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The school environment has a critical impact on the health and wellbeing of children. It’s been well-known for decades that poor air quality in school classrooms impacts children’s learning. In fact, as far back as 1884, the French Ministry of Public Instruction understood the need for clean air and recommended 600ppm CO2 for air in classrooms. There’s a large body of research that shows that poor ventilation and pollution, which is highly prevalent around urban schools, have major effects on children’s health, performance and wellbeing. Indoor air can be more polluted than outdoor, especially when poorly ventilated and containing a large number of people. School staff are also affected by poor air quality and they have a right to a safe working environment.
The Lancet COVID-19 Commission Task Force on Safe Work, Safe School, and Safe Travel found that most schools in the US did not meet even the minimum ASHRAE (American Society of Heating, Refrigerating and Air-Conditioning Engineers) ventilation design standard – which was aimed at comfort, rather than disease or pollution control (ASHRAE standards have been updated since). The Task Force also noted that a review of air quality in schools in 13 countries found poor ventilation was common.
The pandemic made governments and the public more aware of the need to improve air quality in schools. Reducing pollution in schools and preventing the spread of airborne diseases such as colds, flu, RSV and Covid, are part of the same problem. Increasing indoor air quality will both reduce exposure to indoor air pollution and reduce the risk of children and staff catching airborne diseases, which will improve their physical and mental health and academic performance.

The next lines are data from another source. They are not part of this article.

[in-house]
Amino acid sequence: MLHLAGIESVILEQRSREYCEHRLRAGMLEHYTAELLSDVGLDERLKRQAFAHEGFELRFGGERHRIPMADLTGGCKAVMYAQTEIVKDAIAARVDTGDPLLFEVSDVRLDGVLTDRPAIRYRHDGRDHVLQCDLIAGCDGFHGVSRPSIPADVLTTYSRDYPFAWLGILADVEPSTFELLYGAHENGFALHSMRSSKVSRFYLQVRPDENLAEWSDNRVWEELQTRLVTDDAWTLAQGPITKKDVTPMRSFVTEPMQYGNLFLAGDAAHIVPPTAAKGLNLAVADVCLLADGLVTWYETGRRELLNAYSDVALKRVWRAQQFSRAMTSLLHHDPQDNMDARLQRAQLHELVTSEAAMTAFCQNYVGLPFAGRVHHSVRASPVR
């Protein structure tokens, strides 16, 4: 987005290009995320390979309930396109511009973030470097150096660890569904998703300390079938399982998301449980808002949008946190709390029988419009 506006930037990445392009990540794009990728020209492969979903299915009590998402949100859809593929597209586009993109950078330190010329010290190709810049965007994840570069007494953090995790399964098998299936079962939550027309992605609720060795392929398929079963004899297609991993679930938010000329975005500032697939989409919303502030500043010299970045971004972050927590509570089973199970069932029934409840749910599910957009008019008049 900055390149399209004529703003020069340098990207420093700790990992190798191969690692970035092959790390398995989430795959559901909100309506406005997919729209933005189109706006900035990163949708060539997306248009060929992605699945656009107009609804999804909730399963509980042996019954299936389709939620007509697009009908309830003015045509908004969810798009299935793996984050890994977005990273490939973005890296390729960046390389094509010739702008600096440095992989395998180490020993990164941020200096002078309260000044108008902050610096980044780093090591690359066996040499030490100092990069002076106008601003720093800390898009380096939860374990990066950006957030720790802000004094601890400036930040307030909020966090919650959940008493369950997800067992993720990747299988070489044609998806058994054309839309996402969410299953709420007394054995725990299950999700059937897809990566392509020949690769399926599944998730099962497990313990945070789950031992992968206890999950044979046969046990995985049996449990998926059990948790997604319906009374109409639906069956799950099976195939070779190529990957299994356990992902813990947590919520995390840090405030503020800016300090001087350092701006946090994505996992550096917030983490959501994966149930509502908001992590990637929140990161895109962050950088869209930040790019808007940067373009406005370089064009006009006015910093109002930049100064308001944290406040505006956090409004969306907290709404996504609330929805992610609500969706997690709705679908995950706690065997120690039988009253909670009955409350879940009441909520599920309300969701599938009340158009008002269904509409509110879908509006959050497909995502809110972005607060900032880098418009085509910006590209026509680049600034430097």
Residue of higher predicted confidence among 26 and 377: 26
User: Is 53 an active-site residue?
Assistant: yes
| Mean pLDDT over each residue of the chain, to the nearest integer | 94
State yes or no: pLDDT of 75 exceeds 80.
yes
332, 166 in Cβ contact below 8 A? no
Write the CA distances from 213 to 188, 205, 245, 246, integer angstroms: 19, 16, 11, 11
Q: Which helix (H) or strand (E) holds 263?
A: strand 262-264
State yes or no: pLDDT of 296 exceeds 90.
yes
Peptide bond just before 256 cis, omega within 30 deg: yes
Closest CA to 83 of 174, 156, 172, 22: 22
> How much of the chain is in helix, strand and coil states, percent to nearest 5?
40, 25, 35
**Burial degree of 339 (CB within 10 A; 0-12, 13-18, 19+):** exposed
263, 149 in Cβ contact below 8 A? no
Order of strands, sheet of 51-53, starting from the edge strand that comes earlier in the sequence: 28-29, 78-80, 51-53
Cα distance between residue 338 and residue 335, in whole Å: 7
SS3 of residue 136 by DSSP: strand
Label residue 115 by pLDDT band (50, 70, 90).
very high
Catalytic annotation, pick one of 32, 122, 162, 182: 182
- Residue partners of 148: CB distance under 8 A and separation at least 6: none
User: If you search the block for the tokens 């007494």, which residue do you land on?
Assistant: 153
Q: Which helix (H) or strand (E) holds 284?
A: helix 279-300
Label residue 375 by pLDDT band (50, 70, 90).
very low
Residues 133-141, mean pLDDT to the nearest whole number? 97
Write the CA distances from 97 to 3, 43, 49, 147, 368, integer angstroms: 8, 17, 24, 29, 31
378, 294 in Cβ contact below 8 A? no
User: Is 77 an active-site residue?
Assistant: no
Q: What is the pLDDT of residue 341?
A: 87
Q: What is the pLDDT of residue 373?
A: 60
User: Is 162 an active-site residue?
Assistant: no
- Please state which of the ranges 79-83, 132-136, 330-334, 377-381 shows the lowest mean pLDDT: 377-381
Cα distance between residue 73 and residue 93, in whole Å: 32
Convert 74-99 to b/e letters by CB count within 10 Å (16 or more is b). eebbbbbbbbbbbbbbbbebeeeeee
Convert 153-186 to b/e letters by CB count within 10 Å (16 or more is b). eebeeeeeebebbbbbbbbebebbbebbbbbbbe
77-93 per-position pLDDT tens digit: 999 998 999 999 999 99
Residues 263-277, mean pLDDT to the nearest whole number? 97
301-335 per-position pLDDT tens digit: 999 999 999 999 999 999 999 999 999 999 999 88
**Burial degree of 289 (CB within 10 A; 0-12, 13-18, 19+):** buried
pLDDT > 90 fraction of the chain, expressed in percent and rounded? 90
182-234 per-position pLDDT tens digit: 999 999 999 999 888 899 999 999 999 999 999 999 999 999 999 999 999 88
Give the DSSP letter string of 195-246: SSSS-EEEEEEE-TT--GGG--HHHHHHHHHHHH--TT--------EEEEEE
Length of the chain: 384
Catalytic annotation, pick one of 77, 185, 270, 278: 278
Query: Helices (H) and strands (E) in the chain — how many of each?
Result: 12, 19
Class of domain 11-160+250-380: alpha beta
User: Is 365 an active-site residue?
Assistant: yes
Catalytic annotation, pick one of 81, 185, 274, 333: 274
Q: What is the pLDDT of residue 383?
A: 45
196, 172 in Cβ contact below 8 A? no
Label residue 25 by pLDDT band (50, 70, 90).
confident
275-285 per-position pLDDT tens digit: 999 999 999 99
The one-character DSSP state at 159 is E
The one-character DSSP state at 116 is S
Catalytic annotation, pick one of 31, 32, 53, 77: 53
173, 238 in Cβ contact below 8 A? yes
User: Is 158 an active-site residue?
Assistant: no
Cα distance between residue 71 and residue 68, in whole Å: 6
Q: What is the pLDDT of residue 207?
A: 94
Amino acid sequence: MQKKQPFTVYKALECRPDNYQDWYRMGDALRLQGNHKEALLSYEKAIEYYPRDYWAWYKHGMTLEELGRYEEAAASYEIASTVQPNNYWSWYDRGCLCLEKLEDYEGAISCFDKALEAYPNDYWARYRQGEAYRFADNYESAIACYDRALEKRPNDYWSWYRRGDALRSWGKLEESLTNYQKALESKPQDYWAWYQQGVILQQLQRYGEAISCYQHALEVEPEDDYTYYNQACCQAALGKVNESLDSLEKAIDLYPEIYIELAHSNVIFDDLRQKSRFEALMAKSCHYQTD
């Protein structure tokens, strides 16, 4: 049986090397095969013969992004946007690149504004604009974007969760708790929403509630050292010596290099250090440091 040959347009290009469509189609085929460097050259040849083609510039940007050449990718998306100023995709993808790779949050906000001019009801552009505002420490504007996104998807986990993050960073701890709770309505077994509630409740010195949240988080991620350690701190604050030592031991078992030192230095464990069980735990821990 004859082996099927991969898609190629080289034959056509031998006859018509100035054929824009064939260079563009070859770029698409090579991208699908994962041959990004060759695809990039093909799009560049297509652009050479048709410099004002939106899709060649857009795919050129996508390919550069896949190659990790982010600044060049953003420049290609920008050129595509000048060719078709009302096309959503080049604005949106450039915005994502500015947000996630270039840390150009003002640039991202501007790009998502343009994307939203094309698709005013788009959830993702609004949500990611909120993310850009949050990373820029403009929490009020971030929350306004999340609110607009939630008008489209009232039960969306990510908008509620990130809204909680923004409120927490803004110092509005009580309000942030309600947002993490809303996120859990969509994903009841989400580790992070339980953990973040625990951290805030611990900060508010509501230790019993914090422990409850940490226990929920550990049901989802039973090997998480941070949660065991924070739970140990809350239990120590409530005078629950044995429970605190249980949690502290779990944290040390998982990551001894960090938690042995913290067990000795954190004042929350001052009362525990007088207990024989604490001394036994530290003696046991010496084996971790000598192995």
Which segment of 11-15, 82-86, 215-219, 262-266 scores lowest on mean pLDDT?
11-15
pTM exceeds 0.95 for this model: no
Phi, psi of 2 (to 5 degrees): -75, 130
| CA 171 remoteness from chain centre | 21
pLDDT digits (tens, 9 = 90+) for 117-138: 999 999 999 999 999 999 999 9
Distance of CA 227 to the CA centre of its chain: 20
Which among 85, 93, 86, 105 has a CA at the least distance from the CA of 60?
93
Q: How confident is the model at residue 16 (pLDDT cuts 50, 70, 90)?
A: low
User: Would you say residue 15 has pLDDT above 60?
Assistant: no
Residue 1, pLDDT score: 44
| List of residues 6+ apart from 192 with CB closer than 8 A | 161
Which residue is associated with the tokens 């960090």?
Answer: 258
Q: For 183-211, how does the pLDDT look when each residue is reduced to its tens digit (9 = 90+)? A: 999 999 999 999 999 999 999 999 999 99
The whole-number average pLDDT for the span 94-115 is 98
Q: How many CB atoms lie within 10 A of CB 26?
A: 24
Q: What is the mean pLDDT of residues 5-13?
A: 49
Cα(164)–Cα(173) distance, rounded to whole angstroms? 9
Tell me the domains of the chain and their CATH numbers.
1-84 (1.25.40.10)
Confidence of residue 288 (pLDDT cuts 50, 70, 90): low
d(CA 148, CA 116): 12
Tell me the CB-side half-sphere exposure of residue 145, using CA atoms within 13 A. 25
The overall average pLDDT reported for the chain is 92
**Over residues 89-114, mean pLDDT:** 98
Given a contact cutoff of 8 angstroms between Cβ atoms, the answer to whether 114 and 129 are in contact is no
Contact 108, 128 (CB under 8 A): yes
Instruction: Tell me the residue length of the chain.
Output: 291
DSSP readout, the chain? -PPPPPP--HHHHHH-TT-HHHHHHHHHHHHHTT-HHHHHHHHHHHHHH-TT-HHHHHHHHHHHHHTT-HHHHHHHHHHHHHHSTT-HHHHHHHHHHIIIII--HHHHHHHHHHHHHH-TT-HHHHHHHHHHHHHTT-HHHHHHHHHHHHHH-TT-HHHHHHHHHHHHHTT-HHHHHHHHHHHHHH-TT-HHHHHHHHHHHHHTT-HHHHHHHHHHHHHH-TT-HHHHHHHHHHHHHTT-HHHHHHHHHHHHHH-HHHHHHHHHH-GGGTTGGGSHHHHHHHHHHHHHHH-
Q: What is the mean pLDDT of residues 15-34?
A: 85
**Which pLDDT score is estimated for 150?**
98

Schools in towns and cities are subject to high levels of pollution in the surrounding area. A study by the London local government found that 98% of schools in London were in areas exceeding WHO pollution limits for PM2.5, the more damaging size of particulates, compared to 24% outside London. Unicef UK estimated in 2018 that one in three children were growing up in areas with high levels of particulates, totalling 4.5 million children in towns and cities. This is repeated in many towns and cities around the world with high levels of traffic and industry.
Poor indoor air quality is caused by numerous pollutants coming from both outdoor and indoor sources. These include volatile organic compounds (VOCs) such as formaldehyde, benzenes, nitrous oxide, carbon dioxide, radon, particulate matter (PM1.0, PM2.5, PM10), fungi (including mould spores), bacteria and viruses (carried in dust and respiratory aerosols), pollen, dust mites and even human skin particles. Vehicles congregate in front of the building at certain times of the day. Schools also use many types of products in teaching, such as art and science materials, that are sources of pollution.
Different populations, different individuals and all of us at different ages react differently to toxins and allergens in the air. It’s been known for decades that some people are hypersensitive to low levels of indoor air pollution or sick building syndrome – the specific causes of which have still not been fully clarified by research. It’s thought to be caused by exposure to low levels of multiple pollutants, which makes the need for good-quality indoor air more important, to keep pollutant levels as low as possible.